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Conclusions To Part III

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Chapter Summary

It is clear that, once one drops the requirements that the early Upanisads have to precede the beginnings of Buddhism and Jainism chronologically, and that the whole of Vedic literature has to precede Panini, the traditional structure of late-Vedic chronology collapses. This is no disadvantage, as the Part has demonstrated. Yajnavalkya-Kanda that introduces the notion of an immutable self cannot owe this notion to Buddhist influence, for the modified understanding of rebirth and karmic retribution in Buddhism has no place for such a self. The renewed uncertainty with regard to late-Vedic chronology will also give short shrift to summary statements of Brahmanical priority in the case of similarities between Brahmanical and Buddhist or Jaina texts. The modern scholarly discussion about non-violence is related to the question of asceticism in the three main traditions.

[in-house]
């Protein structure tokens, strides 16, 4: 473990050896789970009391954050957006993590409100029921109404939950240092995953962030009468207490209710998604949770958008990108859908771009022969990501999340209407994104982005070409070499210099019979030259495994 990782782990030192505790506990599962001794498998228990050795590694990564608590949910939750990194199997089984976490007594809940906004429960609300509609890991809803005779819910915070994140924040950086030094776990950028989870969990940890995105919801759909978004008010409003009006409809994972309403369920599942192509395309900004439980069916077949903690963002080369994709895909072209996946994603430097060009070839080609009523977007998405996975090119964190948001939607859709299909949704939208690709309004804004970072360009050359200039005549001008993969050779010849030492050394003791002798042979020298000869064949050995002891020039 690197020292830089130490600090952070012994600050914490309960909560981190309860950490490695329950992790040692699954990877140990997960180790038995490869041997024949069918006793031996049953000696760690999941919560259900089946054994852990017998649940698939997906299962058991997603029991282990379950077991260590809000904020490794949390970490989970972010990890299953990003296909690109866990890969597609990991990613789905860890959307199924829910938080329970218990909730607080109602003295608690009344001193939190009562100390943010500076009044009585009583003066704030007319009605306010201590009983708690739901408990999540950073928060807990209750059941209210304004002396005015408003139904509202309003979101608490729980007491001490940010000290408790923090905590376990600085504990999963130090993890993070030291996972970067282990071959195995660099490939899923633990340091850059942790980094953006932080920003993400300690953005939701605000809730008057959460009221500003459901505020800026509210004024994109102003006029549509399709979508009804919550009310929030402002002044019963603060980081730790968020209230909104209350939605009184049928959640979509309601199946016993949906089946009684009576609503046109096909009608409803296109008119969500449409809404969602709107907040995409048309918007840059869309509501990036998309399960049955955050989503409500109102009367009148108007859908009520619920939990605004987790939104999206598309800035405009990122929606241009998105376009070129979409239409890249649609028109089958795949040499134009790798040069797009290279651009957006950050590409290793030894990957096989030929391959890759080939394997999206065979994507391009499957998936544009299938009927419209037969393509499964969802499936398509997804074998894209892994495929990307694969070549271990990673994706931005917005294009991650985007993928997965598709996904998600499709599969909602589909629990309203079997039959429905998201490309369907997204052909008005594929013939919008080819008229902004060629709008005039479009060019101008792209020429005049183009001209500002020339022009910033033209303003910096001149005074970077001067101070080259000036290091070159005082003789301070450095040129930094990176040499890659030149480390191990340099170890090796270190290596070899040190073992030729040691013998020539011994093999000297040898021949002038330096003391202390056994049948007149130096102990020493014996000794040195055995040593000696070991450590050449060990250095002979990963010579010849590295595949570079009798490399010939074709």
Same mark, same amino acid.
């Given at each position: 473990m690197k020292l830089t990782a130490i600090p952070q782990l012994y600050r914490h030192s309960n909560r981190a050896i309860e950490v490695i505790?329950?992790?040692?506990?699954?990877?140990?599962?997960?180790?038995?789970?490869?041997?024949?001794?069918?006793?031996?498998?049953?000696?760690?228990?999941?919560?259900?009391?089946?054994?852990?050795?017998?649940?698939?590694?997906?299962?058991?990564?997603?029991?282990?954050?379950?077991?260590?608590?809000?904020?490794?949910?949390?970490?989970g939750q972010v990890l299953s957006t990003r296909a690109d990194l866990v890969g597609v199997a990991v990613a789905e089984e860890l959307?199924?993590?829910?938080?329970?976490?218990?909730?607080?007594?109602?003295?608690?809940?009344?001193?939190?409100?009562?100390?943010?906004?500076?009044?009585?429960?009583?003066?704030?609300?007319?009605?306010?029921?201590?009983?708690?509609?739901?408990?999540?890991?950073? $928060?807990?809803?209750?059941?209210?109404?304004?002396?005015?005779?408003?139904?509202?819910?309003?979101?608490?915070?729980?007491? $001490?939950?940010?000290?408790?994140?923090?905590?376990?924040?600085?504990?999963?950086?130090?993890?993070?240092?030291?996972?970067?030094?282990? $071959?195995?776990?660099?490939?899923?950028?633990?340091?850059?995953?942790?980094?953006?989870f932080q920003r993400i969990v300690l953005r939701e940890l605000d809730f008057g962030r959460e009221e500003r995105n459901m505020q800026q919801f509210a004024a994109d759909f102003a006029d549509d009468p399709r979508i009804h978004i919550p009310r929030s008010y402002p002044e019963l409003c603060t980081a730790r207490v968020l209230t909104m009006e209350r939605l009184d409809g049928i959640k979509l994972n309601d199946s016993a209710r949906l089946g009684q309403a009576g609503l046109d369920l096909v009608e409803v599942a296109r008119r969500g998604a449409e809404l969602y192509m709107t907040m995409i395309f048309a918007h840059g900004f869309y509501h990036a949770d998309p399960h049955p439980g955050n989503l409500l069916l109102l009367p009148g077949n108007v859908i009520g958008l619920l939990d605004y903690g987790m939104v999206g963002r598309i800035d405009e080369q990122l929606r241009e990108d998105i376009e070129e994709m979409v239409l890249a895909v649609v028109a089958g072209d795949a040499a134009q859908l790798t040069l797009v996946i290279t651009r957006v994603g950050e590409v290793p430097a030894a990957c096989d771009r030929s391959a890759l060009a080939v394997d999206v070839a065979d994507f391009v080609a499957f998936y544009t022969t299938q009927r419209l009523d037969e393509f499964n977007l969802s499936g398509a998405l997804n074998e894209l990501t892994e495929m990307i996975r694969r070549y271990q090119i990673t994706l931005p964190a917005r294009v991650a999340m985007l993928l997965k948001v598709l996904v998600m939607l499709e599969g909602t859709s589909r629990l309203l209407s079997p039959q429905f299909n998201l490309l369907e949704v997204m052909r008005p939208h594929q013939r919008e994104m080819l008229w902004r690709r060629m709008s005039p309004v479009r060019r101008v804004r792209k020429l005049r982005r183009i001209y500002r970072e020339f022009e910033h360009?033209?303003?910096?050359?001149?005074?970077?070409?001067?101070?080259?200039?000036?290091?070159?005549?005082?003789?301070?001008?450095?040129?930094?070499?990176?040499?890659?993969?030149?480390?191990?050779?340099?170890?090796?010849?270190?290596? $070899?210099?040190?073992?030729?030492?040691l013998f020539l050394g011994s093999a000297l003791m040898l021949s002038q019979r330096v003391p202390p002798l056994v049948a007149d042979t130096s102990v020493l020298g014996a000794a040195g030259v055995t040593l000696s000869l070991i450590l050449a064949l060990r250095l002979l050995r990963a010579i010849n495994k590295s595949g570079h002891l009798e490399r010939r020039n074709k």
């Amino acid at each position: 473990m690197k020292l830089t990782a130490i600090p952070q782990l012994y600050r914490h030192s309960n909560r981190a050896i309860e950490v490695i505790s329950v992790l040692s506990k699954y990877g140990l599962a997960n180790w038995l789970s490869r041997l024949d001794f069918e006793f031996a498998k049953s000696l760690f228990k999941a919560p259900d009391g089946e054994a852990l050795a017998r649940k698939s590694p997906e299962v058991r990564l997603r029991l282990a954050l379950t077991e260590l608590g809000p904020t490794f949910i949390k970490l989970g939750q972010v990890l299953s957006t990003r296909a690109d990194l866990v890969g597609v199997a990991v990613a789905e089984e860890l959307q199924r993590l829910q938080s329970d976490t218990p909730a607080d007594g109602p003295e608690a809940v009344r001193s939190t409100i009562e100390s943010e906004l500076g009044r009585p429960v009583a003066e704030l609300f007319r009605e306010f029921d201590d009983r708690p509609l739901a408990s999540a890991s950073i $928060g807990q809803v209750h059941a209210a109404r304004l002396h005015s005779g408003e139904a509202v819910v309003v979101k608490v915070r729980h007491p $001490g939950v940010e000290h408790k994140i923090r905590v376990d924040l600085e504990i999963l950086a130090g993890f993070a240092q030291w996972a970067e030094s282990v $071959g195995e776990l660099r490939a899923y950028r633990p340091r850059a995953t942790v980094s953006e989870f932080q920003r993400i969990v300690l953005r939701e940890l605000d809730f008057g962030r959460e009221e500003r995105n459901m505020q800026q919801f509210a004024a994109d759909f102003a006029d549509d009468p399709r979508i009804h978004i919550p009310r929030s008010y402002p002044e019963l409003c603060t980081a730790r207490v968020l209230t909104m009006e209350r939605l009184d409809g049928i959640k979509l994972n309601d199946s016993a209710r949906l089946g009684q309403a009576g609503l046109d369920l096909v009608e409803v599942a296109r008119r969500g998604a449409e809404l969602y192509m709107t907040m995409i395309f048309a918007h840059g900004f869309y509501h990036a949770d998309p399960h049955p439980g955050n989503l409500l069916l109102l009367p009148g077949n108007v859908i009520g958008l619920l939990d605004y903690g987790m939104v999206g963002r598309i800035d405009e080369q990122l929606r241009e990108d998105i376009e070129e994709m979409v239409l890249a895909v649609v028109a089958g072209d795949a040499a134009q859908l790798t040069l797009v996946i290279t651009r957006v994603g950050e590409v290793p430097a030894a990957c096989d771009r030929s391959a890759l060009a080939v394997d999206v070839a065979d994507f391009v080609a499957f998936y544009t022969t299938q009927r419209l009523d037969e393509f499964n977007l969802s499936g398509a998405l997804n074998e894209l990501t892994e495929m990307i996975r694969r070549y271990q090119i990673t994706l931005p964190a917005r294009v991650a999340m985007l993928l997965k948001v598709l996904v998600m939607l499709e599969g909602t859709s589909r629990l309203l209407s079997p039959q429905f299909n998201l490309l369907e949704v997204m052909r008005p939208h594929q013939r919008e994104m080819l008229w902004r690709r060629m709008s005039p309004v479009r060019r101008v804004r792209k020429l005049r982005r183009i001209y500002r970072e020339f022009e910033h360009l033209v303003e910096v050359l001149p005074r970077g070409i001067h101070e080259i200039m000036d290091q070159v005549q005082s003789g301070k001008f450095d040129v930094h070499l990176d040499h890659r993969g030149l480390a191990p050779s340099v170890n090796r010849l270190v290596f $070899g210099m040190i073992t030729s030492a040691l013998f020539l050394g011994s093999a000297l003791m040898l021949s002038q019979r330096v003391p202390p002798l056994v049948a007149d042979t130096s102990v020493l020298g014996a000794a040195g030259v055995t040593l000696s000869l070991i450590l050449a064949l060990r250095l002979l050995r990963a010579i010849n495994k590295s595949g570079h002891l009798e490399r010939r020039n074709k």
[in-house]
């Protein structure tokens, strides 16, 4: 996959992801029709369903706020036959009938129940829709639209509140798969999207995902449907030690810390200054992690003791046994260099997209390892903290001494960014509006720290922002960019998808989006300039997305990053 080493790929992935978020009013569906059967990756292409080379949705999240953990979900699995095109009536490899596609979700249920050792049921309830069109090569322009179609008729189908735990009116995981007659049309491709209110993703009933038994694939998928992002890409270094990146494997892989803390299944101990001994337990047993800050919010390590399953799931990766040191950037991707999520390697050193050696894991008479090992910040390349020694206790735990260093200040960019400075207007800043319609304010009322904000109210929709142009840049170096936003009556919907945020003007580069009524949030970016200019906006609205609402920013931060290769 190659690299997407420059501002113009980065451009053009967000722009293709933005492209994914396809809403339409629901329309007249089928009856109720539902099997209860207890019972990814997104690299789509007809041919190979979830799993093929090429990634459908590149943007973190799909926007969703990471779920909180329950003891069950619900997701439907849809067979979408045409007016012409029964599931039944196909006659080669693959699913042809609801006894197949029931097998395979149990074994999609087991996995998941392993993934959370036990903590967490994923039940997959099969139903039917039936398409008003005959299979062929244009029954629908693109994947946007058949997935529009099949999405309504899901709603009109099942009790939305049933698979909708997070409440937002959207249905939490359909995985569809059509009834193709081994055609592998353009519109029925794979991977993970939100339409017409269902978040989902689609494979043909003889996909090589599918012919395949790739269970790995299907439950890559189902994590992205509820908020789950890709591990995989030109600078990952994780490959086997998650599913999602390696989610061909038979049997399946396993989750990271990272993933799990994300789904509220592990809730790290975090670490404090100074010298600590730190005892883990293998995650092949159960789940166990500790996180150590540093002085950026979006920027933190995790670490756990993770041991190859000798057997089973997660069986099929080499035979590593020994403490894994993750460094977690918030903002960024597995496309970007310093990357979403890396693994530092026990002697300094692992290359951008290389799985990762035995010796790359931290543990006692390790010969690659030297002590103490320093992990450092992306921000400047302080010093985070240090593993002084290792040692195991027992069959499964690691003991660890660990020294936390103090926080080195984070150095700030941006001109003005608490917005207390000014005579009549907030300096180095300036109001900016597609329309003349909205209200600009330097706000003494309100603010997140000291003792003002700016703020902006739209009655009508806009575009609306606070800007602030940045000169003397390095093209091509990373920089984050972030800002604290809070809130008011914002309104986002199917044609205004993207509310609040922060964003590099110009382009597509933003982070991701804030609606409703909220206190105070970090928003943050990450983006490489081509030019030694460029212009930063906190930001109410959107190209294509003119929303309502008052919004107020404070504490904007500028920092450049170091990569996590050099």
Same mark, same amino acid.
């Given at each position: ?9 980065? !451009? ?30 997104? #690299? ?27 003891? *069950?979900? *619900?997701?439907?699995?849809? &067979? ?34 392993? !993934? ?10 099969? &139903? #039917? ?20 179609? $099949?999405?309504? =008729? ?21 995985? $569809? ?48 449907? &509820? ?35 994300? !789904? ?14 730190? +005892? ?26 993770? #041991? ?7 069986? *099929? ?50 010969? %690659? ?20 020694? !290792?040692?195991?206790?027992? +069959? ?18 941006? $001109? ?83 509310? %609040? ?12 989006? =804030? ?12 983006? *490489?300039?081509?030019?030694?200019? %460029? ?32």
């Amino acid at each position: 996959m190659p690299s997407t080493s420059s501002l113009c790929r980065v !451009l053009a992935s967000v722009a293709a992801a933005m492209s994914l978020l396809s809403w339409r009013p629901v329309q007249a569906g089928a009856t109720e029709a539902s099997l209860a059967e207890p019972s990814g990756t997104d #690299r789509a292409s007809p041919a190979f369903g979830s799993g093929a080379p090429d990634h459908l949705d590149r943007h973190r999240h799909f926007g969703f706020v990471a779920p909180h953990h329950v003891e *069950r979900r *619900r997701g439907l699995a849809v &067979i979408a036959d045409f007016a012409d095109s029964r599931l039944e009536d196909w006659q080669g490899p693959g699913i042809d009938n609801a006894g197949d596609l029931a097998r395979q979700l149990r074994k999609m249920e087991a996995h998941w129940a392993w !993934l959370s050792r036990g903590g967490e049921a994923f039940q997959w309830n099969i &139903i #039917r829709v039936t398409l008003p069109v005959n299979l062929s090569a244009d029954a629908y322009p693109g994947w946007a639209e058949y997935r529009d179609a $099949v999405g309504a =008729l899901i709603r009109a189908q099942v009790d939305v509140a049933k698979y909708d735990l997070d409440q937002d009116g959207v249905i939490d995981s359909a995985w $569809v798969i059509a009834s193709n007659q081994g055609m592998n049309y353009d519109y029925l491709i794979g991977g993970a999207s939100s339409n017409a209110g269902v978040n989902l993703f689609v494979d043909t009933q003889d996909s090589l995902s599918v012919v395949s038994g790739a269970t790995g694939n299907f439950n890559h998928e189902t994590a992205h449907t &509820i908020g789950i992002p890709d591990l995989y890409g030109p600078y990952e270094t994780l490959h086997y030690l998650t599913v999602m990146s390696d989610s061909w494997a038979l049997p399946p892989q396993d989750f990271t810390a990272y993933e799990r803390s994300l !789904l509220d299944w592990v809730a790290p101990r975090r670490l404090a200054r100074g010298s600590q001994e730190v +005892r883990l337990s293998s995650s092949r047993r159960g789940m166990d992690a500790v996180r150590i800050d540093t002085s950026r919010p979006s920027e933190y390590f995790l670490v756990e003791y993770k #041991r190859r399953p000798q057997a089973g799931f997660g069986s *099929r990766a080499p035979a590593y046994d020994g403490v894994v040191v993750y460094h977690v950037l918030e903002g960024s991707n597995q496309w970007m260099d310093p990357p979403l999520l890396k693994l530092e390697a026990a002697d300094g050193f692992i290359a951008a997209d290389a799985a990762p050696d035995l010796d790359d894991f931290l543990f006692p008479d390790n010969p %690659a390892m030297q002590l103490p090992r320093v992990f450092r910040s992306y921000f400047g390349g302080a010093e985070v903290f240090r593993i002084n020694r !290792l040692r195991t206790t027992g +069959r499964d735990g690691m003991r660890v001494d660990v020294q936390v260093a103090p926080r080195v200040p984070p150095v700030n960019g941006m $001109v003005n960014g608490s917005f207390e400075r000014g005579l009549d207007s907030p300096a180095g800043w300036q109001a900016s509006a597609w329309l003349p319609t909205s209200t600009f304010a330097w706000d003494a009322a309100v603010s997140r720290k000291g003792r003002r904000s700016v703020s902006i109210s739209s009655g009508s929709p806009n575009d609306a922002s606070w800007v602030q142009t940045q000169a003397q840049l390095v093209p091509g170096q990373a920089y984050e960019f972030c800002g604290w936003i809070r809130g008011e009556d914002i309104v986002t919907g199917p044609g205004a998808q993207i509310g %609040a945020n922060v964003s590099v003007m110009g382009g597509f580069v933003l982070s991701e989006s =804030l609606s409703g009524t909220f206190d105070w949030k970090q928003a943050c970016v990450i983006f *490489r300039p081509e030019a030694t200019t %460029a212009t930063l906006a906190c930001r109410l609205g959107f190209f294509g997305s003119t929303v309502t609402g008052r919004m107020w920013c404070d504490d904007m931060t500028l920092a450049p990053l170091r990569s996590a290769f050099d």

Keywords: Buddhism; Jainism; late-Vedic chronology

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